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Time series of observed microwave brightness temperatures at Dome C, East Antarctic plateau, were modeled over 27 months with a multilayer microwave emission model based on dense-medium radiative transfer theory. The modeled time series of brightness temperature at 18.7 and 36.5 GHz were compared with Advanced Microwave Scanning Radiometer–EOS observations. The model uses in situ high-resolution vertical profiles of temperature, snow density and grain size. The snow grain-size profile was derived from near-infrared (NIR) reflectance photography of a snow pit wall in the range 850–1100 nm. To establish the snow grain-size profile, from the NIR reflectance and the specific surface area of snow, two empirical relationships and a theoretical relationship were considered. In all cases, the modeled brightness temperatures were overestimated, and the grain-size profile had to be scaled to increase the scattering by snow grains. Using a scaling factor and a constant snow grain size below 3 m depth (i.e. below the image-derived snow pit grain-size profile), brightness temperatures were explained with a root-mean-square error close to 1 K. Most of this error is due to an overestimation of the predicted brightness temperature in summer at 36.5 GHz.
An assessment of the glaciological and meteorological characteristics of Dome A, the summit of the East Antarctic ice sheet, is made based on field investigations during the austral summer of 2004/05. Knowledge of these characteristics is critical for future international studies such as deep ice-core drilling. The assessment shows that: (1) Dome A is characterized by a very low 10m depth firn temperature, –58.3˚C (nearly 3˚C lower than at EPICA Dome C and 1˚C lower than at Vostok). (2) Automatic weather station (AWS) measurements of snow surface height and reference layers in a snow pit indicate the present-day snow accumulation rate at Dome A is within the range 1–3cmw.e. a–1. Densification models suggest a range of 1–2cmw.e. a–1. This is lower than at other sites along the ice divide of East Antarctica (IDEA). Annual layers at Dome A are thus potentially thinner than at other sites, so that a longer record is preserved in a given ice thickness. (3) The average wind speed observed at Dome A (<4ms–1) is lower than at other sites along IDEA. Together, these parameters, combined with radio-echo sounding data and information on the subglacial drainage distribution beneath Dome A, suggest Dome A as a candidate site for obtaining the oldest ice core.
Analyses of air extracted from polar ice cores are the most straightforward method of reconstructing the atmospheric concentrations of greenhouse gases and their variations for past climatic epochs. These measurements show that the concentration of the three most important greenhouse gases (other than water vapour) CO2, CH4 and N2O have steadily increased during the past 250 years due to anthropogenic activities (Prather and others, 2001; Prentice and others, 2001). Ice-core results also provided the first evidence of a substantial increase in the concentration of the three gases during the transition from the last glacial epoch to the Holocene (Raynaud and others, 1993). However, results from different cores are not always in agreement concerning details and small, short-term variations. the composition of the air enclosed in bubbles can be slightly changed by fractionation during the enclosure process, by chemical reactions and/or biological activity in the ice and by fractionation during the air extraction. We compile here several records with short-term variations or anomalies and discuss possible causes, taking into account improved analytical techniques and new results.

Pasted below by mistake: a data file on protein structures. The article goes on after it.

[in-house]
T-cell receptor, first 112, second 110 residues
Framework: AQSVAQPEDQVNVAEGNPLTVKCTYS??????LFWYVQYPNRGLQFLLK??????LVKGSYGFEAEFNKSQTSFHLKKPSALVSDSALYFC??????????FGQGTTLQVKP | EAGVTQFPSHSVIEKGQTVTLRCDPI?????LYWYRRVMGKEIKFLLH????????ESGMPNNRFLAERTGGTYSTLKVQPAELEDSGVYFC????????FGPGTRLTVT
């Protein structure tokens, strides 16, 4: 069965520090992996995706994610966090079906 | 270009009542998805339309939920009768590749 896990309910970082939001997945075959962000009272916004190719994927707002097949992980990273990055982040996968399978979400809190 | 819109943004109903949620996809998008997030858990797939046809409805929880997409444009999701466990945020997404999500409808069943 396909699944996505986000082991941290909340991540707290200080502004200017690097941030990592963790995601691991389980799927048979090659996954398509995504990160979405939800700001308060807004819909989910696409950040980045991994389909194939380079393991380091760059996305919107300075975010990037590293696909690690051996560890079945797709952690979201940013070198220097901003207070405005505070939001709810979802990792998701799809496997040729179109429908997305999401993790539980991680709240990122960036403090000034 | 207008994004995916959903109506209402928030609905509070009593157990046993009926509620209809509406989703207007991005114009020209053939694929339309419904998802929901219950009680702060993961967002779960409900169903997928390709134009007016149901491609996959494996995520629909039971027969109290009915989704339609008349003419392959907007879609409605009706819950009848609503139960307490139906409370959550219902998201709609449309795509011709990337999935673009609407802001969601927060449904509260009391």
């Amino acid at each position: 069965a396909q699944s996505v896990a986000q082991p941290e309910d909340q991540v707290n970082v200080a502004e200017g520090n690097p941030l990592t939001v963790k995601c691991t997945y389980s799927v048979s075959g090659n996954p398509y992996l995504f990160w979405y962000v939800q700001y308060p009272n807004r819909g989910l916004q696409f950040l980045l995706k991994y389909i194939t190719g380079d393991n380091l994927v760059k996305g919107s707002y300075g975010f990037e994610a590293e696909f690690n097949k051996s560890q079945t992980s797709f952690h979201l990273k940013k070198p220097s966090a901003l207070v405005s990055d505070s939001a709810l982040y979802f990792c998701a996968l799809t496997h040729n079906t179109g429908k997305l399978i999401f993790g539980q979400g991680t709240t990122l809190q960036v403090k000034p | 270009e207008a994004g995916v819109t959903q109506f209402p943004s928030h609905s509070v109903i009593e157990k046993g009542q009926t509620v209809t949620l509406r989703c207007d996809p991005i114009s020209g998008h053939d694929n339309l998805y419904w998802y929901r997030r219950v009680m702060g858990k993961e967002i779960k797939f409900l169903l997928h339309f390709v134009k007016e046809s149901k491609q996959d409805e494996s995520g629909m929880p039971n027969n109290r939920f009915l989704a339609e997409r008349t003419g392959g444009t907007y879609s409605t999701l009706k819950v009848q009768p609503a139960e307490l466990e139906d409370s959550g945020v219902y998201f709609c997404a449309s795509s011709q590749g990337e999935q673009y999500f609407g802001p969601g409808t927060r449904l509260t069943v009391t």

A new technique for characterizing the structure of firn and bubbly ice is presented. This technique, based on observation of etched (sublimation) surfaces in coaxial reflected light, enables une to see simultaneously the pore network of the firn or bubbles in the ice and the crystal boundaries. At the same time, the main stages of image processing used to transform the initial photographs into clean binary images are described.
New results concerning the concentration of sulphate (SO4) and nitrate (NO3) in Antarctic snow and ice are presented. At Dome C, 10-year mean values and detailed studies (more than one sample a−1) were done at different depths corresponding to ages from 0 to 23 ka BP. Global volcanic activity strongly disturbs profiles of sulphate concentration for periods of a few years. Long-term fluctuations are found to be weak for both anions. The mean values obtained for acidity agree satisfactorily with the values for sulphate and nitrate. Finally, we examine the probable origin of these gas-derived aerosols in Antarctica.
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